CEE 44Q. Critical Thinking and Career Skills. 3 Units.

Factors required for successful careers. Guest speakers. Case studies. Participation in real world corporate interviews, testing and reviews conducted by industry trainers. Limited enrollment.

CEE 48N. Managing Complex, Global Projects. 3 Units.

This freshman seminar highlights the challenges the challenges associated with planning and executing complex and challenging global projects in private, governmental and nonprofit/NGO settings. Covers organization and project management theory, methods, and tools to optimize the design of work processes and organizations to enhance complex, global project outcomes. Student teams model and analyze the work process and organization of a real-world project team engaged in a challenging local or global project.

CEE 70. Environmental Science and Technology. 3 Units.

Introduction to environmental quality and the technical background necessary for understanding environmental issues, controlling environmental degradation, and preserving air and water quality. Material balance concepts for tracking substances in the environmental and engineering systems.
Same as: ENGR 90

CEE 101C. Geotechnical Engineering. 3-4 Units.

Introduction to the principles of soil mechanics. Soil classification, shear strength and stress-strain behavior of soils, consolidation theory, analysis and design of earth retaining structures, introduction to shallow and deep foundation design, slope stability. Lab projects. Prerequisite: ENGR 14. Recommended: 101A.

CEE 102. Legal Principles in Design, Construction, and Project Delivery. 3 Units.

Introduction to the key legal principles affecting design, construction and the delivery of infrastructure projects. The course begins with an introduction to the structure of law, including principles of contract, negligence, professional responsibility, intellectual property, land use and environmental law, then draws on these concepts to examine current and developing means of project delivery.

CEE 107S. Energy Resources: Fuels and Tools. 3 Units.

Energy is a vital part of our daily lives. This course examines where that energy comes from, and the advantages and disadvantages across different fuels. Contextual analysis of energy decisions for transportation and electricity generation around the world. Energy resources covered include oil, biomass, natural gas, nuclear, hydropower, wind, solar, geothermal, and emerging technologies. Prerequisites: Algebra. Note: may not be taken by students who have completed CEE 173A, CEE 207 or EARTHSYS 103.
Same as: CEE 207S

CEE 109. Creating a Green Student Workforce to Help Implement Stanford's Sustainability Vision. 2 Units.

Examination of program-based local actions that promote resource resource conservation and an educational environment for sustainability. Examination of building-level actions that contribute to conservation, lower utility costs, and generate understanding of sustainability consistent with Stanford's commitment to sustainability as a core value. Overview of operational sustainability including energy, water, buildings, waste, and food systems. Practical training to enable students to become sustainability coordinators for their dorms or academic units.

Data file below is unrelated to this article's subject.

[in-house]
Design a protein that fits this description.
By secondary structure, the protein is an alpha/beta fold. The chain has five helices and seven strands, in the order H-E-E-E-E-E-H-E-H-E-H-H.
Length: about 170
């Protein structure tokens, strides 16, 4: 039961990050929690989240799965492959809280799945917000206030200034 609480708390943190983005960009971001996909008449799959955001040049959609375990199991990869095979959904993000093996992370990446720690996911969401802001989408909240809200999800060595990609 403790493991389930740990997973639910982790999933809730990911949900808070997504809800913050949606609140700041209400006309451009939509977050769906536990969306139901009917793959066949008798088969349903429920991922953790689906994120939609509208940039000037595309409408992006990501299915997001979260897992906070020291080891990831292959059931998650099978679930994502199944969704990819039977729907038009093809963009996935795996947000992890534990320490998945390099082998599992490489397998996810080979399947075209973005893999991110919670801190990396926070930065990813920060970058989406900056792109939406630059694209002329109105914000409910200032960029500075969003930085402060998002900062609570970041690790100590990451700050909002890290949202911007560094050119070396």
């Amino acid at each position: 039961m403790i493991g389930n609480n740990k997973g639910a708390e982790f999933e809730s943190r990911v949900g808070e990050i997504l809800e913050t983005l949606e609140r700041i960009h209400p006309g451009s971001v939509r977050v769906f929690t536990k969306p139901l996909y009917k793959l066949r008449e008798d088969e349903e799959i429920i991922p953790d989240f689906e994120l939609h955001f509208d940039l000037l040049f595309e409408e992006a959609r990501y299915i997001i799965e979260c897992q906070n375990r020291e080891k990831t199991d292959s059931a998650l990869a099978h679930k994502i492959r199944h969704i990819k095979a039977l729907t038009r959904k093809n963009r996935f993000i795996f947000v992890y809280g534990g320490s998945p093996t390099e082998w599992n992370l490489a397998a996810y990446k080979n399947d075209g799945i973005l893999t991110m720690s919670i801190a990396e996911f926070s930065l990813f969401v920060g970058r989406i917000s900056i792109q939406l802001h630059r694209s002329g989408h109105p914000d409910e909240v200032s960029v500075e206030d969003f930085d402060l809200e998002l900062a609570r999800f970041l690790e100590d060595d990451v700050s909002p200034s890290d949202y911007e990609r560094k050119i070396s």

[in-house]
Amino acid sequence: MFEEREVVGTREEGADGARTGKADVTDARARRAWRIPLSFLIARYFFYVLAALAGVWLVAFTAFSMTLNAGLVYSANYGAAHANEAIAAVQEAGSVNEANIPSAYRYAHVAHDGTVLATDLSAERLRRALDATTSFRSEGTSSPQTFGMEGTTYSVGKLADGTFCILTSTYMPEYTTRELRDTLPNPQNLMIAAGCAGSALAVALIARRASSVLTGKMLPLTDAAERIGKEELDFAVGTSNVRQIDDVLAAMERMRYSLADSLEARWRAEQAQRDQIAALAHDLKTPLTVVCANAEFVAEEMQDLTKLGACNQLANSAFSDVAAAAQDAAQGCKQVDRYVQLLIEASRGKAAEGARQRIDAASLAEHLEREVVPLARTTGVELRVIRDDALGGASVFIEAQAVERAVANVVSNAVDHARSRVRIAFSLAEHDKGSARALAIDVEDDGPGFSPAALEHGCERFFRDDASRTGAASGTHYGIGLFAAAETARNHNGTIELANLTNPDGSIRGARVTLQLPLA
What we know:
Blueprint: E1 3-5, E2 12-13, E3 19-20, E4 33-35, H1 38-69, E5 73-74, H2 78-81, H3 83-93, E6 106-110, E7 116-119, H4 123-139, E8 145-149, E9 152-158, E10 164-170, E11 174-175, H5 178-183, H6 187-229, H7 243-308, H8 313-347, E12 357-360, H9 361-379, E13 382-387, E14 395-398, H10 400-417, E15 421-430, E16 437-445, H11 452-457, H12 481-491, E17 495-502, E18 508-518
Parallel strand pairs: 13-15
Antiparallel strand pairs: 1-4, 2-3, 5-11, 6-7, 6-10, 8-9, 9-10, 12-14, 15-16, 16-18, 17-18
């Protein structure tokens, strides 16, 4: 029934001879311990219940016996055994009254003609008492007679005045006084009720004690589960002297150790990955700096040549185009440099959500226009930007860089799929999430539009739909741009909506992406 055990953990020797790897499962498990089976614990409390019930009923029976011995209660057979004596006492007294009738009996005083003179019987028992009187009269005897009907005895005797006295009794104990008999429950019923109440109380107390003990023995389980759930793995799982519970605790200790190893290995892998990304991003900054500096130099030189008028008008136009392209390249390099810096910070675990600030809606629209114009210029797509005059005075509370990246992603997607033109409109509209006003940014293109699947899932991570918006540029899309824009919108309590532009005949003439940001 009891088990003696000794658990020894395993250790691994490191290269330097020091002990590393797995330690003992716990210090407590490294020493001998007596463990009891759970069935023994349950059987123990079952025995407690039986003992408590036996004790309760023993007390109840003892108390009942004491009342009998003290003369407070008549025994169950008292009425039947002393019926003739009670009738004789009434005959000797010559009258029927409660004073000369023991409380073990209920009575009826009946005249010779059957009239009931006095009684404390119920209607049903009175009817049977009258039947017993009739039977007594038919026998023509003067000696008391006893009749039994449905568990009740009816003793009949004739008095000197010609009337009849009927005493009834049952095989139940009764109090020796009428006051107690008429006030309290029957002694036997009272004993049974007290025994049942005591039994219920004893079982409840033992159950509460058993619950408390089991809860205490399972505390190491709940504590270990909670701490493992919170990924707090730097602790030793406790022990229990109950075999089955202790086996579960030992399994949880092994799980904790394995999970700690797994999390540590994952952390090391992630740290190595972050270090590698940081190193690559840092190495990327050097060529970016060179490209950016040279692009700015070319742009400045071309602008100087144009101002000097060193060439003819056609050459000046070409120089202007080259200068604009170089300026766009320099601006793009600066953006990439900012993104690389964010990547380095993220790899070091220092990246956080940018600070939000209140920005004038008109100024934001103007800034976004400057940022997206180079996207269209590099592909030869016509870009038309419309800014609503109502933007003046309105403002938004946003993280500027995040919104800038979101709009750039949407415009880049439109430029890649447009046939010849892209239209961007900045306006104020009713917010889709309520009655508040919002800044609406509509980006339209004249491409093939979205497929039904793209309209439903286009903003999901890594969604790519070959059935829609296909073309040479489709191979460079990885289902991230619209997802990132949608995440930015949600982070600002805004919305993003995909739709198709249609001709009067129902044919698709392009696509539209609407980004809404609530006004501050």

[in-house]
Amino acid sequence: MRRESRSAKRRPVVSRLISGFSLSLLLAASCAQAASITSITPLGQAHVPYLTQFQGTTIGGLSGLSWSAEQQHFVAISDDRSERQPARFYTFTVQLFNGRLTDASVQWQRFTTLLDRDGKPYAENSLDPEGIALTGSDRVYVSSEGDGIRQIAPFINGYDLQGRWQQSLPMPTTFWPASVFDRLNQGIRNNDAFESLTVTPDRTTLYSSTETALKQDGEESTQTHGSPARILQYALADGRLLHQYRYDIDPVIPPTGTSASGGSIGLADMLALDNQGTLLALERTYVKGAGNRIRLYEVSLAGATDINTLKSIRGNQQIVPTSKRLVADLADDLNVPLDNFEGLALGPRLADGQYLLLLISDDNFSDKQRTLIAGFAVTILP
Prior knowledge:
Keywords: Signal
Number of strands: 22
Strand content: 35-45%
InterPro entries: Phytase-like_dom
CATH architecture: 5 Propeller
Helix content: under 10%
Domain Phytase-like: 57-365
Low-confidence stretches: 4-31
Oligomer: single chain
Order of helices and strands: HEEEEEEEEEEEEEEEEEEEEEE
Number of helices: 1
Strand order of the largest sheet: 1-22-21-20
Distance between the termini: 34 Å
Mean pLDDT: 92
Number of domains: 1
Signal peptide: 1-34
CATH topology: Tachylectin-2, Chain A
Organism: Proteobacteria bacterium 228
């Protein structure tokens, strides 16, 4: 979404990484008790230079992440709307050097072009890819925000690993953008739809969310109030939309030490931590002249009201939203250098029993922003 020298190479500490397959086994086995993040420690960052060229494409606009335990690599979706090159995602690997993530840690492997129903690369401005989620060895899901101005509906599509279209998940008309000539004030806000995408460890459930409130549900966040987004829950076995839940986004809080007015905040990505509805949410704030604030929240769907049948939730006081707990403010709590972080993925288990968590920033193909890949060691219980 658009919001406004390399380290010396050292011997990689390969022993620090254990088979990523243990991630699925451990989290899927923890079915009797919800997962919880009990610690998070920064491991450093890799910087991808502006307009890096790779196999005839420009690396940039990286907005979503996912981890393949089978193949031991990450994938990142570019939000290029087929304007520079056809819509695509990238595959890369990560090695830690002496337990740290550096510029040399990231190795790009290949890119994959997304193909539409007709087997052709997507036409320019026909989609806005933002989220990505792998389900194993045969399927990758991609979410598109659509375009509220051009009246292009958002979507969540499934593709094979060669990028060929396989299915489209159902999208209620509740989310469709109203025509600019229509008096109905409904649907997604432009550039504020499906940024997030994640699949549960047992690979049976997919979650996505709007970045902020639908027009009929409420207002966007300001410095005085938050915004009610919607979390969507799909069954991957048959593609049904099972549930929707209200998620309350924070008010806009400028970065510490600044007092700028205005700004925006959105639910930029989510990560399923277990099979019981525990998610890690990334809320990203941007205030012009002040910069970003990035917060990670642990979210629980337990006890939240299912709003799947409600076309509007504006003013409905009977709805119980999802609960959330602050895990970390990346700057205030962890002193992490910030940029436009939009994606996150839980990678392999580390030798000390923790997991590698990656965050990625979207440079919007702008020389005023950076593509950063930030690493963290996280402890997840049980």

Same as: EARTHSYS 109, ENVRINST 109

CEE 112C. Industry Applications of Virtual Design & Construction. 2-4 Units.

Following the Autumn- and Winter-quarter course series, CEE 112C/212C is an industry-focused and project-based practicum that focuses on the industry applications of Virtual Design and Construction (VDC). Students will be paired up with industry-based VDC projects with public owners and private developers, such as GSA Public Buildings Service, the Hong Kong Mass Transit Railway, Optima, Walt Disney Imagineering, Microsoft facilities and/or other CIFE International members. Independently, students will conduct case studies and/or develop VDC and building information models (BIM) using off-the-shelf technologies for project analysis, collaboration, communication and optimization. Students will gain insights and develop skills that are essential for academic research, internships or industry practice in VDC. Prerequisite: CEE 112A/212A, CEE 112B/212B, CEE 159C/259C, CEE 159D/259D, or Instructor's Approval.
Same as: CEE 212C

CEE 115. Goals and Methods of Sustainable Building Projects. 3 Units.

(Graduate students register for 215.) Goals related to sustainable sites, water efficiency, energy and atmosphere, materials and resources, indoor environmental quality, and economic and social sustainability. Methods to integrate these goals and enhance the economic, ecological, and equitable value of building projects. Industry and academic rating systems, project case studies, guest lecturers, and group project.
Same as: CEE 215

CEE 120B. Building Information Modeling Workshop. 2-4 Units.

This course builds upon the Building Information Model concepts introduced in 110A/220A and illustrates how BIM modeling tools are used to design, analyze, and model building systems including structural, mechanical, electrical, plumbing and fire protection.nThe course covers the essential physical principles, design criteria, and design strategies for each system and explores processes and tools for modeling those systems and analyzing their performance.
Same as: CEE 220B

CEE 120C. Parametric Design and Optimization. 2-4 Units.